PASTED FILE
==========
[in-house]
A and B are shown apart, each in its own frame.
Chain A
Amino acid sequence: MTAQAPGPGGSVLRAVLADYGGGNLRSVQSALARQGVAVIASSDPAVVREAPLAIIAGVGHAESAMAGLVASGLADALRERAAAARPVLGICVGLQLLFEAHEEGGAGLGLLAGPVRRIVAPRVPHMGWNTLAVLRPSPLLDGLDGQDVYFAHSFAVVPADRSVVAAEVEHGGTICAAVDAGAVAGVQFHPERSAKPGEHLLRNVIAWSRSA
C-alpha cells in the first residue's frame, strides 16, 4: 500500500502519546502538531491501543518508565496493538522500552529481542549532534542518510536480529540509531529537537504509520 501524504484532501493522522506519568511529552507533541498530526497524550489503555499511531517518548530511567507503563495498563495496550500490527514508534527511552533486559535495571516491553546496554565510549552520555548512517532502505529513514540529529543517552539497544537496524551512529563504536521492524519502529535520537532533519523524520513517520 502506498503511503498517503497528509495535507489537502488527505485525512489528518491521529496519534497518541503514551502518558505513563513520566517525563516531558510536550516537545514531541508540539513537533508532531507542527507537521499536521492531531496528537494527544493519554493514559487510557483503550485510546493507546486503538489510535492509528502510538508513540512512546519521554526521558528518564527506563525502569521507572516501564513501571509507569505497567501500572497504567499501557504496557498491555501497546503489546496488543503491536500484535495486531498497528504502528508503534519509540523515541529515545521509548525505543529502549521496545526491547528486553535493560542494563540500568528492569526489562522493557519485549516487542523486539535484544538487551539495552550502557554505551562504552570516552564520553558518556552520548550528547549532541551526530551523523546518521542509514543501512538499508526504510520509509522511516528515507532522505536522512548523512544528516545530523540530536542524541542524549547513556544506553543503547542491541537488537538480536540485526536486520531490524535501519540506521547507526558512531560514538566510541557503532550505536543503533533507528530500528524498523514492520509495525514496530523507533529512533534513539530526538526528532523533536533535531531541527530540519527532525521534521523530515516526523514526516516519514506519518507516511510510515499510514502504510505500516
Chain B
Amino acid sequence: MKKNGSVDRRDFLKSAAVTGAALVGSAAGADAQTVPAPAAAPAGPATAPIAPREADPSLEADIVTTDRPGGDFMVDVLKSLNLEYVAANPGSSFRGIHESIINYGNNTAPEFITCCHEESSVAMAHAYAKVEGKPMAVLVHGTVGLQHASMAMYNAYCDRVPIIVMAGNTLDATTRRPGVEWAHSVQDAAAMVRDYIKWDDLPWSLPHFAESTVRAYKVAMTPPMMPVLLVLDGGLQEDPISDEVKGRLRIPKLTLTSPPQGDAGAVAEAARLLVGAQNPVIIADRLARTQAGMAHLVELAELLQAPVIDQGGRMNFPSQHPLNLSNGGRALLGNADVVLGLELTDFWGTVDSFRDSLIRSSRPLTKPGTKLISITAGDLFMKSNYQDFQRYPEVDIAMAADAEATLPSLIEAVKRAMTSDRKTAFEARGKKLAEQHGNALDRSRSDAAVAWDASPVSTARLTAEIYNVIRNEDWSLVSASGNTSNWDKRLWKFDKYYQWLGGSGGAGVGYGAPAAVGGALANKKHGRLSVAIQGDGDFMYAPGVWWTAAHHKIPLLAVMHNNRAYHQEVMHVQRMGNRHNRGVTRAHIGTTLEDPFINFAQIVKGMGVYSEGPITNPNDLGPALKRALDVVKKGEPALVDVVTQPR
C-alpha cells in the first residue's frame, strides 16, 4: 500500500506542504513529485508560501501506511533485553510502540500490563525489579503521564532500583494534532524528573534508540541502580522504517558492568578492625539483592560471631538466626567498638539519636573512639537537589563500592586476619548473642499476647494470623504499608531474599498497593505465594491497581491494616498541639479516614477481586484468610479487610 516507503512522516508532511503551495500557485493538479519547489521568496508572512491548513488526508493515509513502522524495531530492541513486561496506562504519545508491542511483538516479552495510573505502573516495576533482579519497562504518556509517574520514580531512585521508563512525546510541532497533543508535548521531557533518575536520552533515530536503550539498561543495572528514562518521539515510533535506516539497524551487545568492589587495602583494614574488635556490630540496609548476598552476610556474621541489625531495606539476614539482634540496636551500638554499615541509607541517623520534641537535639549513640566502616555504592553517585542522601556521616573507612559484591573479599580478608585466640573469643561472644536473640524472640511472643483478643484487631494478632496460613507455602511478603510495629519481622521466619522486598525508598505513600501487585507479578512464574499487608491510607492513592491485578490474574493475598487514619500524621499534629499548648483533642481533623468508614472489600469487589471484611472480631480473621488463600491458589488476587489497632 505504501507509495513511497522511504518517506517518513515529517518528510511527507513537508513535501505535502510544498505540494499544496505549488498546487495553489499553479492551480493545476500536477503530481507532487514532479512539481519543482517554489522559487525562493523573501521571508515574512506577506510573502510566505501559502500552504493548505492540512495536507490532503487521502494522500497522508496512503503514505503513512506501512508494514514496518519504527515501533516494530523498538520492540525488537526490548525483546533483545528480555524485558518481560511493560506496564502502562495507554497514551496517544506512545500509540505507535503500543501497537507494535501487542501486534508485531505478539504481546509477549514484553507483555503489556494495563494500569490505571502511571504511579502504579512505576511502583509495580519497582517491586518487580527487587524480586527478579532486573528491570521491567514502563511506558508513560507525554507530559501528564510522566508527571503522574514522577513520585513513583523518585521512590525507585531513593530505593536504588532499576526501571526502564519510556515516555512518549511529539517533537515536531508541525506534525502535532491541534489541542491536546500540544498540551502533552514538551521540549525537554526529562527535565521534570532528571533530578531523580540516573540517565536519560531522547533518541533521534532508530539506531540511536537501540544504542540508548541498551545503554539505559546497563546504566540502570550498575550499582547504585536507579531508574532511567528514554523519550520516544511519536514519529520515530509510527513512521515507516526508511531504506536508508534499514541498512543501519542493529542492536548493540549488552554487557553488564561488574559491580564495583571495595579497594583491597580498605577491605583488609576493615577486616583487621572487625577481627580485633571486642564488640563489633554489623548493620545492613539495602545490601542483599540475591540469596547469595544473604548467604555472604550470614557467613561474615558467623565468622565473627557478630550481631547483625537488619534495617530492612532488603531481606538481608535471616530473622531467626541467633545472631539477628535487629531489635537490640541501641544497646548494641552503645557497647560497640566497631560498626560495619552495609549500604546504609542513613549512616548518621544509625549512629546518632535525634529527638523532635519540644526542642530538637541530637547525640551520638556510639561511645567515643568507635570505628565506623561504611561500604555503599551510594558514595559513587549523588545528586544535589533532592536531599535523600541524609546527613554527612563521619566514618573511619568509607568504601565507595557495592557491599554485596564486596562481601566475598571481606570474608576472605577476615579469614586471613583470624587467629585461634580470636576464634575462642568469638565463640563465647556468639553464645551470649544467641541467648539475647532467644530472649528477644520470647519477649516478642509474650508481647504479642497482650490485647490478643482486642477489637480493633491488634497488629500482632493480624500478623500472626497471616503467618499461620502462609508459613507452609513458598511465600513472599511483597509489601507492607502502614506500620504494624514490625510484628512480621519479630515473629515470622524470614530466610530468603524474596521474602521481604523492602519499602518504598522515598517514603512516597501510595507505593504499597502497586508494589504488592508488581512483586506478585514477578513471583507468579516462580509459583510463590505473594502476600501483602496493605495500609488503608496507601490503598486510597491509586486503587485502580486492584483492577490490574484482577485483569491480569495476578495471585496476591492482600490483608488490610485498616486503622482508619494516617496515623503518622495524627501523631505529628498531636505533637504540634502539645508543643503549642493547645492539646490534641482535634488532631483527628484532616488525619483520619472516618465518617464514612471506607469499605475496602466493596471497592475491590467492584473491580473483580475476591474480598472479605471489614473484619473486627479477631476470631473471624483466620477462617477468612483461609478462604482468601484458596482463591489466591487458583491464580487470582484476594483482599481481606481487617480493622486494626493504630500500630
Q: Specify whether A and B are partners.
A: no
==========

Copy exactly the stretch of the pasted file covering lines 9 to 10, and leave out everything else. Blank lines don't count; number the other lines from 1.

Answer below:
Q: Specify whether A and B are partners.
A: no